For lunch today, I was really in the mood for molasses.  Strange?  I thought so too.  So I ended up creating this sandwich: slightly toasted bread, a layer of crunchy peanut butter, a 1/4 slice of bacon, and about a tablespoon of molasses drizzled over the whole thing.  The molasses was so sweet and the bacon and peanut butter just a little bit salty, with a satisfying crunch from the crunchy peanut butter.  It was so delicious - and easy to make!

Do you like to eat molasses? 

                      


Friday, October 25, 2013

Earthquake Cake

Have you ever eaten an Earthquake Cake?  The first one I had was at a church potluck when I was a teenager.  As soon as I tried it, I knew I had to have the recipe!  Thankfully the other lady was willing to share! 

Earthquake Cake is not pretty.  It is lumpy, bumpy and has caverns and crevasses.  But it is also chocolately, nutty, coconut-ty chewy, nutty and a little bit creamy. 


The recipe starts out with layers of coconut and pecans in the bottom of a 9x13 pan. 




Then, chocolate cake batter.




The cake batter is sprinkled with blobs of a cream cheese mixture, marshmallows, toffee bits and chocolate chips.   




Then it is baked, and the crevasses are formed.




Leaving you with ooey-gooey-chocolatey-goodness.



Earthquake Cake

  • 1 cup chopped pecans, toasted
  • 1-2 cups sweetened flaked coconut, toasted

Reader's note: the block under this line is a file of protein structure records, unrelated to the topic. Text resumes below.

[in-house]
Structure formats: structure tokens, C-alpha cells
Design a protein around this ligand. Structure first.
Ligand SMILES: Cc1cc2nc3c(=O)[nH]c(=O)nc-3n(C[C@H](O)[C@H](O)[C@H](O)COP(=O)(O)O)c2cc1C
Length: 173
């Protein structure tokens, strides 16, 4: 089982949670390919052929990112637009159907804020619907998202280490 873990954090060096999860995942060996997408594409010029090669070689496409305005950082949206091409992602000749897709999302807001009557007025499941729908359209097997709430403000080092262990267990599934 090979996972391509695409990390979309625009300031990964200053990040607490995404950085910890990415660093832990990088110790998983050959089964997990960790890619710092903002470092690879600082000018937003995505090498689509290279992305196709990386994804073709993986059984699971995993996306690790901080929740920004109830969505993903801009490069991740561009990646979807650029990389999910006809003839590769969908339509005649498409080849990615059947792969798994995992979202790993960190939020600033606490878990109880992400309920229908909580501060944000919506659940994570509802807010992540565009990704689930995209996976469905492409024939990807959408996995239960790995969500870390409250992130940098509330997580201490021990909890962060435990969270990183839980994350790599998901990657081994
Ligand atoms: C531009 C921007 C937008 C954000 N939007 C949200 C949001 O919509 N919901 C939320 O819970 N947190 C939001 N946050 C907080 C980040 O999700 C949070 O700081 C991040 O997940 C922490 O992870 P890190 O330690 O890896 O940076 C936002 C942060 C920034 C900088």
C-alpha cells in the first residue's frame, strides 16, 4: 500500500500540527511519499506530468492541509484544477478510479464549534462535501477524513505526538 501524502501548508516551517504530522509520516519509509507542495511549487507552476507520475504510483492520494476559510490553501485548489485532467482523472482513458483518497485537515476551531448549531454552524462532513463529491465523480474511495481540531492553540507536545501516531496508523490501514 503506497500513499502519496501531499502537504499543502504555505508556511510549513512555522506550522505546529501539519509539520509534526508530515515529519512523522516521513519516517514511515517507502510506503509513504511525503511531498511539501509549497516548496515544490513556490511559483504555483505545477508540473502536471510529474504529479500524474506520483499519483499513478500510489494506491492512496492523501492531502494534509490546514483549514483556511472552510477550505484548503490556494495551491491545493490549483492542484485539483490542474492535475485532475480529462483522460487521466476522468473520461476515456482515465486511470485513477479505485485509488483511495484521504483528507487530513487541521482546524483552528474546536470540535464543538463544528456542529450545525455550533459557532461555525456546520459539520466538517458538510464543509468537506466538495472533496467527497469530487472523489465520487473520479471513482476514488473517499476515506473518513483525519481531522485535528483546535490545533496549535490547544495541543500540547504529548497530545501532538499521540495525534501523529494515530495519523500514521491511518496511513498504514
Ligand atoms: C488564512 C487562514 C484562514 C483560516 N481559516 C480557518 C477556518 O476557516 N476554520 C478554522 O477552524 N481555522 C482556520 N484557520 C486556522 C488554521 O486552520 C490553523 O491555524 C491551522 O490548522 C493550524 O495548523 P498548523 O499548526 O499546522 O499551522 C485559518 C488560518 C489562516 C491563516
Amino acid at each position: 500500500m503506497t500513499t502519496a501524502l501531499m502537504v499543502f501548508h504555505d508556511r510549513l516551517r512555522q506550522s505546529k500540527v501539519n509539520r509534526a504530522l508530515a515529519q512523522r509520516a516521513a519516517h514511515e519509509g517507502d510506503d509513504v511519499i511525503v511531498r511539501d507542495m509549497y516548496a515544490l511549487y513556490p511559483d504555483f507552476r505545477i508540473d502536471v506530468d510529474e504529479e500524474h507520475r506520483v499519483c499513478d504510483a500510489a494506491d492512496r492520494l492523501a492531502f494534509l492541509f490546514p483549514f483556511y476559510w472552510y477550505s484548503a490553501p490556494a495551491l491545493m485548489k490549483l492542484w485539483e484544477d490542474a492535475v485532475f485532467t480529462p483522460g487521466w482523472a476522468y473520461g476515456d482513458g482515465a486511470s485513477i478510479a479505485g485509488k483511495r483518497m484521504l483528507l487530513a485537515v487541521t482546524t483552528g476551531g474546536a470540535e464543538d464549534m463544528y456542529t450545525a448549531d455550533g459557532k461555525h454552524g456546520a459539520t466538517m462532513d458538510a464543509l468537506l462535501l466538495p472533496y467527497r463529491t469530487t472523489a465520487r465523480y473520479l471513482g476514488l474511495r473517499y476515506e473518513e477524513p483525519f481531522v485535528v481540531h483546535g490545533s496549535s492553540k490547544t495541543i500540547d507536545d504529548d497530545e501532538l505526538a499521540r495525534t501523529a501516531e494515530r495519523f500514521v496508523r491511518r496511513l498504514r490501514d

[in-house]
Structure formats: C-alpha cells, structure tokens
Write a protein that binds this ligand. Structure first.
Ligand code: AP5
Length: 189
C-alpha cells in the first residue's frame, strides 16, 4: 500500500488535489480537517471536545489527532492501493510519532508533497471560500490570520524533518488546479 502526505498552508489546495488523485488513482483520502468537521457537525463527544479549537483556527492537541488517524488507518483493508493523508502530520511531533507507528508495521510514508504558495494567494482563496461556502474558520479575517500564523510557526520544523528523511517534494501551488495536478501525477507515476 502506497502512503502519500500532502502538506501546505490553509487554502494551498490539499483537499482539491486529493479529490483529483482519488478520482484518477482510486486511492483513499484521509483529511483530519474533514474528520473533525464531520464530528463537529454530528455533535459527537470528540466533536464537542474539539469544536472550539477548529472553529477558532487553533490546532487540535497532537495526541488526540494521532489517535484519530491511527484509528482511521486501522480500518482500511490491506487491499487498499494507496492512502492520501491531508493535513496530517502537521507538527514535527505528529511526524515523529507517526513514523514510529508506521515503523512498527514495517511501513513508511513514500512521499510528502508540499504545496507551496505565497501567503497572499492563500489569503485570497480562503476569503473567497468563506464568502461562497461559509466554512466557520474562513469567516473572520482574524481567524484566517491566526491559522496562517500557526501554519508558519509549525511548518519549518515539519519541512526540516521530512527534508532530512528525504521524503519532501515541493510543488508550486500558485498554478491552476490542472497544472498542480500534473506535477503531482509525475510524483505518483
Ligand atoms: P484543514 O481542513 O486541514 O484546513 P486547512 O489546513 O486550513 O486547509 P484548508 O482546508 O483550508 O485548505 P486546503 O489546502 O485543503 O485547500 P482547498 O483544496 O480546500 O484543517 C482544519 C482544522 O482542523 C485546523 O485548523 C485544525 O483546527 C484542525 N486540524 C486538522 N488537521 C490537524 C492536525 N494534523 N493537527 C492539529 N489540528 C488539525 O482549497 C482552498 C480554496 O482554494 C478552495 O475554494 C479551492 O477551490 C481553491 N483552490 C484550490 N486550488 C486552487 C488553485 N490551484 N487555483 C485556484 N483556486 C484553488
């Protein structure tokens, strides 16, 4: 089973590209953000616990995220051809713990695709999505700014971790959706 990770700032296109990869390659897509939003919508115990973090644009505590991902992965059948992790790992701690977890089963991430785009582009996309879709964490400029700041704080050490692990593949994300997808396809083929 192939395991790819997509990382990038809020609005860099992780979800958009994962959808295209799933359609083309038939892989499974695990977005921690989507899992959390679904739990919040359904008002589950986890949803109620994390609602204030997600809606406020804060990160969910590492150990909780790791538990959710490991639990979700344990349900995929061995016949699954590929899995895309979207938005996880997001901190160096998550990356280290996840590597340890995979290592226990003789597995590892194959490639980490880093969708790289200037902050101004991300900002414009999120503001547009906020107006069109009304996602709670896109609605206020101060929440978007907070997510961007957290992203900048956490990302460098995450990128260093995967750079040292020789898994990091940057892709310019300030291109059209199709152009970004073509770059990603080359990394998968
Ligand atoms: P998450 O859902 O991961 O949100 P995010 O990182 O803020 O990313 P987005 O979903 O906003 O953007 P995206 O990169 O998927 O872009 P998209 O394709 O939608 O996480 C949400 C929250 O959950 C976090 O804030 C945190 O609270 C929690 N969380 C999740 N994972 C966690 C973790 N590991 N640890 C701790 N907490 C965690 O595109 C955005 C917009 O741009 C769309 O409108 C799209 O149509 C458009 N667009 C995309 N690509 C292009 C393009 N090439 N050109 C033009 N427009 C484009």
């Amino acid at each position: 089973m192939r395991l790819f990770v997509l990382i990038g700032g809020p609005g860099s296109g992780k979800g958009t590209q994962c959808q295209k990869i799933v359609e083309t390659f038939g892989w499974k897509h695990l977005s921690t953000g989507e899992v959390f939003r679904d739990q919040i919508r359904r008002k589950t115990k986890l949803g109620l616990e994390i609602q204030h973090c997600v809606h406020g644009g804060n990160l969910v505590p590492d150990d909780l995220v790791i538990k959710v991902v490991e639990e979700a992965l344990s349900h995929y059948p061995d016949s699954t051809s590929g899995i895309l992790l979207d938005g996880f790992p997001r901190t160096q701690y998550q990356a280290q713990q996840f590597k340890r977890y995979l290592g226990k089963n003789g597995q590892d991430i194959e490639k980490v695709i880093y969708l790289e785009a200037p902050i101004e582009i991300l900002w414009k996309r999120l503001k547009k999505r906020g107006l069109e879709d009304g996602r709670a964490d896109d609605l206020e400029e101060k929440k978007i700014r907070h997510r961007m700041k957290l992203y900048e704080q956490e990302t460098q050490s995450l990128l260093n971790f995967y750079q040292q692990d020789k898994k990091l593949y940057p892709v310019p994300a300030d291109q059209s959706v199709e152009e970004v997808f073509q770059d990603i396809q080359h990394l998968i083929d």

• 1 box chocolate cake mix
  • eggs, oil and water for cake mix
  • 1/2 cup butter, melted and bubbly
  • 1 8-ounce package cream cheese, softened
  • 3 cups powdered sugar
  • 1 small package cheesecake instant pudding
  • 1 cup mini marshmallows
Grease 9x13 pan.  Sprinkle pecans and coconut over bottom of pan.  Prepare cake batter per box instructions and spread over nuts and coconut.  Mix melted butter and cream cheese with electric mixer until smooth.  Add powdered sugar and pudding mix and beat on low until smooth and creamy.  Dollop heaping tablespoons of cream cheese mixture over chocolate cake batter.  Bake for 40 to 45 minutes or until cake is set (cream cheese spots will be soft and gooey).  Let cool and enjoy!

Thursday, October 24, 2013

Fresh Peach Pie

I bought one "lug" of peaches this year, and one of the things I decided to do with them was to make a fresh peach pie.  I love fresh peach pie because, well, the peaches are so fresh! 


We start with a pre-baked pie crust. 





Of course, the star ingredient: fresh, juicy, perfectly ripened peaches.





Next we make a glaze.





And peel and slice the peaches.  Since the glaze has lemon juice in it, you don't have to worry about treating the peaches.  If you'd like, though, you could certainly hit them with some fruit fresh or some other agent to prevent darkening!





Next, gently fold the sliced peaches into the glaze mixture.





And gently pour the peach mixture into the pie shell.  Refrigerate for about four hours before serving.  Note: I let this sit overnight in the fridge and that was a bad idea - the peaches turned a little dark and the glaze "broke" a little - I would definitely recommend eating this the same day you make it! 




Fresh Peach Pie


  • 1 cup sugar
  • 1/2 cup water
  • 1/3cup corn starch (heaping)
  • 1/4 cup fresh squeezed lemon juice
  • pinch salt
  • yellow food coloring, optional
  • 1/4 cup butter
  • 5 or 6 peaches, peeled and sliced
  • 1 precooked 9 inch pie shell
  • whipped cream if desired